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Week in Review: From Nashville Art to Warsaw Design, Our Top Stories
Week in Review: From Nashville Art to Warsaw Design, Our Top Stories— Judd Tully brought us more frontline news from the second week of New York’s fall auctions, including two high-earning Warhols at Christie’s, Jasper Johns’s record-setting “Flag” and Bunny Mellon’s expectation-shattering collection at Sotheby’s, and a subdued sale at Phillips. — Scott Indrisek selected this week’s five must-see gallery shows, including Gabriele Beveridge at Elizabeth Dee and Christopher Williams at David Zwirner Gallery. — Susan Sherrick explained her decision to launch the new Nashville gallery Sherrick & Paul — and clued us in on the city’s art scene. — Matthew Morrison, of “Glee” fame, joined the cast of “Finding Neverland” on Broadway. — In anticipation of Miami’s fast-approaching fair week, Art Basel in Miami Beach revealed its extensive film program lineup, including an advance screening of Tim Burton’s “Big Eyes,” and NADA Miami Beach announced an exclusive web preview on Artsy, starting on November 25. — Craig Hubert and Regina Mogilevskaya highlighted 10 films not to miss at the Doc NYC documentary film festival. — Daria Irincheeva told us why she chose science-inspired art over astrophysics. — Maria Jeglinska gave us the lowdown on the Polish design community. — Scott Reeder delved into the galactic aesthetic of his art house sci-fi film “Moon Dust.” — Anna Kats looked into the restoration of the UN’s Security Council Chamber. — Sven Sachsalber decided to spend two days in the Palais de Tokyo looking for a needle in a haystack — literally.   Published: November 14, 2014 Read full article here

Hero or Villain: “Banksy Does New York”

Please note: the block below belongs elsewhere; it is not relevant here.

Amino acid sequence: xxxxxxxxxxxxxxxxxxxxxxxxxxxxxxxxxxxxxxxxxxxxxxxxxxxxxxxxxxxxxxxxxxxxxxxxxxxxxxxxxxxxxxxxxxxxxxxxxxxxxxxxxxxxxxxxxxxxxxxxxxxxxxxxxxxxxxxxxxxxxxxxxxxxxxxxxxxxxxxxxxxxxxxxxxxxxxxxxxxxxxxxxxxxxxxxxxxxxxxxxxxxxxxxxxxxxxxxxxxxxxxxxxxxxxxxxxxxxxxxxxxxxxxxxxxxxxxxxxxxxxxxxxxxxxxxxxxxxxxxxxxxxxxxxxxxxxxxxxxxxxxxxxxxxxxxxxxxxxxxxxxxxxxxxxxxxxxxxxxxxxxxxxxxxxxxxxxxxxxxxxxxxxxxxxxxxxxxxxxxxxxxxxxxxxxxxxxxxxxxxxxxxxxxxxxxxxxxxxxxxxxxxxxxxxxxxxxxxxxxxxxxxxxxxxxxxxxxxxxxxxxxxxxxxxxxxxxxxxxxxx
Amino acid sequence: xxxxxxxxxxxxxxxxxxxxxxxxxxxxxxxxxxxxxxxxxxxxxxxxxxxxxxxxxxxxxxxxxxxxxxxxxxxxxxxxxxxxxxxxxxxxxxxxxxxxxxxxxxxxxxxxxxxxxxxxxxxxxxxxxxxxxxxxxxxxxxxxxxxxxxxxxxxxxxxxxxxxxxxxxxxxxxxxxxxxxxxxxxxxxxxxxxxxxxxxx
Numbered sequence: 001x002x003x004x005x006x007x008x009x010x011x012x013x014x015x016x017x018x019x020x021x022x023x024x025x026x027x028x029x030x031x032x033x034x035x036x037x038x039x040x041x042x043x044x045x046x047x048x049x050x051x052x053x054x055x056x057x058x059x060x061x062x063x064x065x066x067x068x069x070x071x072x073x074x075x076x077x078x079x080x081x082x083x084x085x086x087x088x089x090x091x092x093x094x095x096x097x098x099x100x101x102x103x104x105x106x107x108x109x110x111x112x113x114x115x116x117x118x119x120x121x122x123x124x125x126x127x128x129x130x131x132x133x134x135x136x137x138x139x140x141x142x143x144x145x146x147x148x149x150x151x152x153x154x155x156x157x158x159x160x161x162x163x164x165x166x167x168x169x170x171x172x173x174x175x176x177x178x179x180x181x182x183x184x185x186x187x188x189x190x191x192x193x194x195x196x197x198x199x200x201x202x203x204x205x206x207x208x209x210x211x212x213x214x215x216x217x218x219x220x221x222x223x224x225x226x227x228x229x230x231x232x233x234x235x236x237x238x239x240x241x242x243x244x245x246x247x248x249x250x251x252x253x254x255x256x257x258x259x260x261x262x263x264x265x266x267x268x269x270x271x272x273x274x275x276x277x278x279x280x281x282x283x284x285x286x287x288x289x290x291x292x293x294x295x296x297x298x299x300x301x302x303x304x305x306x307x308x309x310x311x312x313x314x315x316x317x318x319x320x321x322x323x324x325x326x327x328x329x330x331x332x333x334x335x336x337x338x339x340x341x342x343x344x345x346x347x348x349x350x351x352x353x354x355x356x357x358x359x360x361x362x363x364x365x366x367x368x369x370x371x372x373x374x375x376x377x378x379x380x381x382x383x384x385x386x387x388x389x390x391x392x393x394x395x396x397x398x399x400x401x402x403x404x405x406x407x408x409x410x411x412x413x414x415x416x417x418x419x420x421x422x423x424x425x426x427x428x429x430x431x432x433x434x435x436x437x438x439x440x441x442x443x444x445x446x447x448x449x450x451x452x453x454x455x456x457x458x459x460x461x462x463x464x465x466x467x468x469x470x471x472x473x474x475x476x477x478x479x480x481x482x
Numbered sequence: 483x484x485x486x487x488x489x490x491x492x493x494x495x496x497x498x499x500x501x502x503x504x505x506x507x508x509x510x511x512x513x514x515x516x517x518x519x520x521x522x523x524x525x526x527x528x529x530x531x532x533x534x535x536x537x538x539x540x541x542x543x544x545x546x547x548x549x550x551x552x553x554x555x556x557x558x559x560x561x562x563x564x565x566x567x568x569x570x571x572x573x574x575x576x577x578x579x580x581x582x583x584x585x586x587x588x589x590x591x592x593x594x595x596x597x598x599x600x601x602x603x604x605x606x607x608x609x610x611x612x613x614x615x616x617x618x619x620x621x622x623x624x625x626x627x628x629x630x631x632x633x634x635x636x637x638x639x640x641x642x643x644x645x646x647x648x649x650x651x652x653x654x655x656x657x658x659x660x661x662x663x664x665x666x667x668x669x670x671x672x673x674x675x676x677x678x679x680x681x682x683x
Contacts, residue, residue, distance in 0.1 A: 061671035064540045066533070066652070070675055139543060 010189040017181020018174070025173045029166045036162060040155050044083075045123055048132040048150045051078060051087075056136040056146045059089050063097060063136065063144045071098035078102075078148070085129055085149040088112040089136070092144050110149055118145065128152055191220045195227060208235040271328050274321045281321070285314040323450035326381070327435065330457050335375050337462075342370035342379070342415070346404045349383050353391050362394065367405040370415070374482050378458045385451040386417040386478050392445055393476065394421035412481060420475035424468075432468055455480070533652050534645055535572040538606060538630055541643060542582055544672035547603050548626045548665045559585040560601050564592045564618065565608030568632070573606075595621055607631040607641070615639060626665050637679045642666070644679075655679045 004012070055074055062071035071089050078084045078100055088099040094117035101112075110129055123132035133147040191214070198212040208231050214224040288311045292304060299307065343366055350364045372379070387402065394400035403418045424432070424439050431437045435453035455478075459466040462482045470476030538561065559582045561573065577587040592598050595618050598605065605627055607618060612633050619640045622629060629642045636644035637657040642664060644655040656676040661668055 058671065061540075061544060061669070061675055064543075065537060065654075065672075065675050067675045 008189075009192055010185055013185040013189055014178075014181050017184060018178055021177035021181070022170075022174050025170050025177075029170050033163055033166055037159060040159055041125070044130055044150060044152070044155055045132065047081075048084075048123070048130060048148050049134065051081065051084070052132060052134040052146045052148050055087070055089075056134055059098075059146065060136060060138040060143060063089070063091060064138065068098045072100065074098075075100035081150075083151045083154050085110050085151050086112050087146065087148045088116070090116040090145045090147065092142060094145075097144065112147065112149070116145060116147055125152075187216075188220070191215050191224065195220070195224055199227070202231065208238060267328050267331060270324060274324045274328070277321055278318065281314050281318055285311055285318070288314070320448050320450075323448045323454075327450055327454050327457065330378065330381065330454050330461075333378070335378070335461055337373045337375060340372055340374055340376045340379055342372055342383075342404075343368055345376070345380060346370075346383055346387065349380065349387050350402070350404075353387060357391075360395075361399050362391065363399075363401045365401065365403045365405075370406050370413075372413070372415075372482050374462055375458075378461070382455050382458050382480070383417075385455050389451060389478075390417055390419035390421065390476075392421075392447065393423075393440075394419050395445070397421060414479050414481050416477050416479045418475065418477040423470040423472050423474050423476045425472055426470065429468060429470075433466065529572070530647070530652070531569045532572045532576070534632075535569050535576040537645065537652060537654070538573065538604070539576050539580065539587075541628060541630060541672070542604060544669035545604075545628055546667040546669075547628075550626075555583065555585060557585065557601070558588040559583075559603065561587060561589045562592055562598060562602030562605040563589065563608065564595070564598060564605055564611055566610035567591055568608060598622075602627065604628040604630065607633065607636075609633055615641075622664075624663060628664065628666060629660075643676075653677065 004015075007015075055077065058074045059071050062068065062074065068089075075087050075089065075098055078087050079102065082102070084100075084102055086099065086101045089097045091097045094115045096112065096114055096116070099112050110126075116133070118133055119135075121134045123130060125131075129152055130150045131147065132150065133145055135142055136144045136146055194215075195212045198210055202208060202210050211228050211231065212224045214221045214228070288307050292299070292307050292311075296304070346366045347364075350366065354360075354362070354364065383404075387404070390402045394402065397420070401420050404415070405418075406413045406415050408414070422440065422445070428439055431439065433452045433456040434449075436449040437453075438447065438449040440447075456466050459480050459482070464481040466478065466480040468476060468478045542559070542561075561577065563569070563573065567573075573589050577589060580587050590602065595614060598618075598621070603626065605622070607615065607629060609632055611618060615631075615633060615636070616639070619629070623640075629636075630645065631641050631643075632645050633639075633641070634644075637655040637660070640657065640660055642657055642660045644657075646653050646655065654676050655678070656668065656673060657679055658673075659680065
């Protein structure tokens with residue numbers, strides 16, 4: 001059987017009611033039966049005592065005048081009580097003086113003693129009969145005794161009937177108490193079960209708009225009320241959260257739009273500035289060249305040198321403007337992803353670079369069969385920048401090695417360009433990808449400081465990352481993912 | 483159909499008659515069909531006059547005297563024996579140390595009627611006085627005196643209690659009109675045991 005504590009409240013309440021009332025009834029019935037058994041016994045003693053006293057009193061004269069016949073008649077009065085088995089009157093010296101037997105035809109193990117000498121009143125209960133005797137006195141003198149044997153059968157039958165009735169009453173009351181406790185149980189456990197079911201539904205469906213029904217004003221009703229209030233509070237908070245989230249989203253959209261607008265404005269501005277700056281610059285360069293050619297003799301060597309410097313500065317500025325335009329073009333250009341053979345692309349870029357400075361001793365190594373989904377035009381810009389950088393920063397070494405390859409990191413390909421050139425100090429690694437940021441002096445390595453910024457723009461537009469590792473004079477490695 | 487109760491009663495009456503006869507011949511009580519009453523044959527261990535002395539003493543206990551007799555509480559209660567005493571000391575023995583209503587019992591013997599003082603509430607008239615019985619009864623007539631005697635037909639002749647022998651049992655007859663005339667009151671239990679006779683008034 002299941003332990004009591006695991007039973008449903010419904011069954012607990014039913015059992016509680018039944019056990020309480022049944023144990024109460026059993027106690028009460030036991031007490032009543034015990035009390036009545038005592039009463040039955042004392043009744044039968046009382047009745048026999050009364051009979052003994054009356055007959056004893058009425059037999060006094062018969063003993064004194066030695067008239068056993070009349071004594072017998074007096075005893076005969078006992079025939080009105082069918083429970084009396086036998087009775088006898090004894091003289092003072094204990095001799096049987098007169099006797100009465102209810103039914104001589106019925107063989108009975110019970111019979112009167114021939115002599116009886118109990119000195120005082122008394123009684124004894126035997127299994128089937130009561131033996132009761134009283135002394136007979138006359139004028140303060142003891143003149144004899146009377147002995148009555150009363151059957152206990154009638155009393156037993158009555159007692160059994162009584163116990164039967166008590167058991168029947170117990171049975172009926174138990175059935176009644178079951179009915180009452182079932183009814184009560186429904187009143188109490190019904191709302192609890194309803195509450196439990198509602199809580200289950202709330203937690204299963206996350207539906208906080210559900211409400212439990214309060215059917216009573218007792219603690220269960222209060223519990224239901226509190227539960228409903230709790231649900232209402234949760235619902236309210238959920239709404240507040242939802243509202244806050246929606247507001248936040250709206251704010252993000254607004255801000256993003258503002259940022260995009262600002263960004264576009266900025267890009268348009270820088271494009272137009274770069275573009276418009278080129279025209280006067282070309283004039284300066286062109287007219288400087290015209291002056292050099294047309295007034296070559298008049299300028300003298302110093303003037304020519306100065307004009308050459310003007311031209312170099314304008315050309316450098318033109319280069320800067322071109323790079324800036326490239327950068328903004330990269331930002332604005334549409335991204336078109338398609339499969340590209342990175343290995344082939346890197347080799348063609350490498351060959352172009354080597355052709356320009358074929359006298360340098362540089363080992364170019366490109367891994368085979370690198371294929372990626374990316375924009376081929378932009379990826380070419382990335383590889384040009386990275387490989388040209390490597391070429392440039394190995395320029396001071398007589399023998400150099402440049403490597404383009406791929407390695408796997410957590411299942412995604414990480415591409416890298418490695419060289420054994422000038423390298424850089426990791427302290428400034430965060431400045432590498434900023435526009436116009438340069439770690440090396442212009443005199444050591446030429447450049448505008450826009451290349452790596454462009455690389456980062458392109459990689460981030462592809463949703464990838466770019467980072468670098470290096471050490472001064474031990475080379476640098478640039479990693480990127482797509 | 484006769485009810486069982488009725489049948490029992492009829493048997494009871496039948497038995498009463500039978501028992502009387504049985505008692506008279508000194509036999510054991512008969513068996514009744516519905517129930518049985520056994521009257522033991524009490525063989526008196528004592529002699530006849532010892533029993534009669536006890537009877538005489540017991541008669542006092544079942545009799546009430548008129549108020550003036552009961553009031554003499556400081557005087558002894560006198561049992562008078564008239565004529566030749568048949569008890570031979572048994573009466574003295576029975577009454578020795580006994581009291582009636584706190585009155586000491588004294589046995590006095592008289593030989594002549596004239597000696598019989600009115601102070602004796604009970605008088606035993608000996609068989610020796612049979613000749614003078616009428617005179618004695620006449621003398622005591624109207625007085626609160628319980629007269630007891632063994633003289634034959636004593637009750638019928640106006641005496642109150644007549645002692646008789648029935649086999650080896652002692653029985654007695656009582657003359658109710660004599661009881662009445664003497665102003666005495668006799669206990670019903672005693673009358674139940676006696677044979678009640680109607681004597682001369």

Hero or Villain: “Banksy Does New York”This is my attempt to take Banksy seriously. According to “Banksy Does New York,” a new documentary about the mysterious street artist that screens as part of the DOC NYC Festival on November 14 and premieres on HBO two days later, I have not done that in the past. The use of “I” here is more general than personal. More specifically, the film makes the claim that the media that covers visual art (of which ARTINFO is undoubtedly a part) failed to acknowledge the importance of the hooded trickster’s New York City residency in October 2013, when he produced a new work every day for one month and revealed the contents on a special website. What was not disclosed was where the work was located. This sent people scurrying like sewer rats to the far reaches of the five boroughs, equipped with flashing camera phones for maximum efficiency in social media upload-ability. Filmmaker Chris Moukarbel focuses on these self-dubbed “Banksy Hunters,” who spent the entire month excitedly parsing through clues on Twitter and rushing to the next spot Banksy defaced, whether it be an underpass in the heart of the commercial art world in Chelsea or a street corner in East New York. Banksy’s supporters see the democratization of his residency, using the street as his canvas and delivering his work straight to fans through non-traditional methods, as a middle finger to the art world. In the process, the film puts him on a pedestal as a populist hero — bringing art back to the people and subverting the networks of the art world that validate work based on capital. But this notion is based on a few misconceptions. The first is that Banksy exists as an autonomous artist outside the art world he critiques. Through his embrace and then shunning of commercial dealers, he pretty much created a market for modern street art that wasn’t there before. The creation of the Banksy brand through a process of hype and exclusivity is not dissimilar to the world he rejects, and some would say has even added to the appeal of his work being removed from walls and sold without his permission. One feeds into the other. The film has no answer for this because it’s not interested in engaging with the hypocrisy of Banksy’s continued project of straddling the line between the inherent illegality of being a street artist and the fame of being a commercial artist. It presents Banksy’s supposed subversions of the market — selling real prints at a table off Central Park for $60 apiece without telling anybody, in one instance — as examples of the artist sticking it to the man. What it really shows is white dudes buying what they think is cool street art to decorate their overpriced condos. Once they realize the piece of art they bought for cheap on the street is worth a ton of money, they transfer the work back into the networks of capital that flow through the art world and add an addition on to said condo. What the film would rather do is blame not just the gallerists and collectors who taint art with money, but the critics as well, who are pretentious and work as a comedically snooty opponent for the narrative the film wants to build. The problem is that the criticism is annoyingly vague. (Not to put to much emphasis on it, but we covered Banksy’s residency in New York extensively.) And if Banksy is all about rejecting the traditional art world, why does validation from the art press even matter? What “Banksy Does New York” doesn’t want to admit is that Banksy is taken seriously, and taken seriously to task for the contradictions in his work. His politics are convoluted at best and banal at worst and his work formally uninteresting. Even graffiti community purists don’t accept them, and their “spot jocking” (one artist tagging over another’s work) is displayed in the film as the work of jealous competitors. But as long as we keep creating a false image of the artist as a prophet, critique will never be accepted. Banksy will always be a folk hero and we’ll be the fools.  Published: November 14, 2014 Read full article here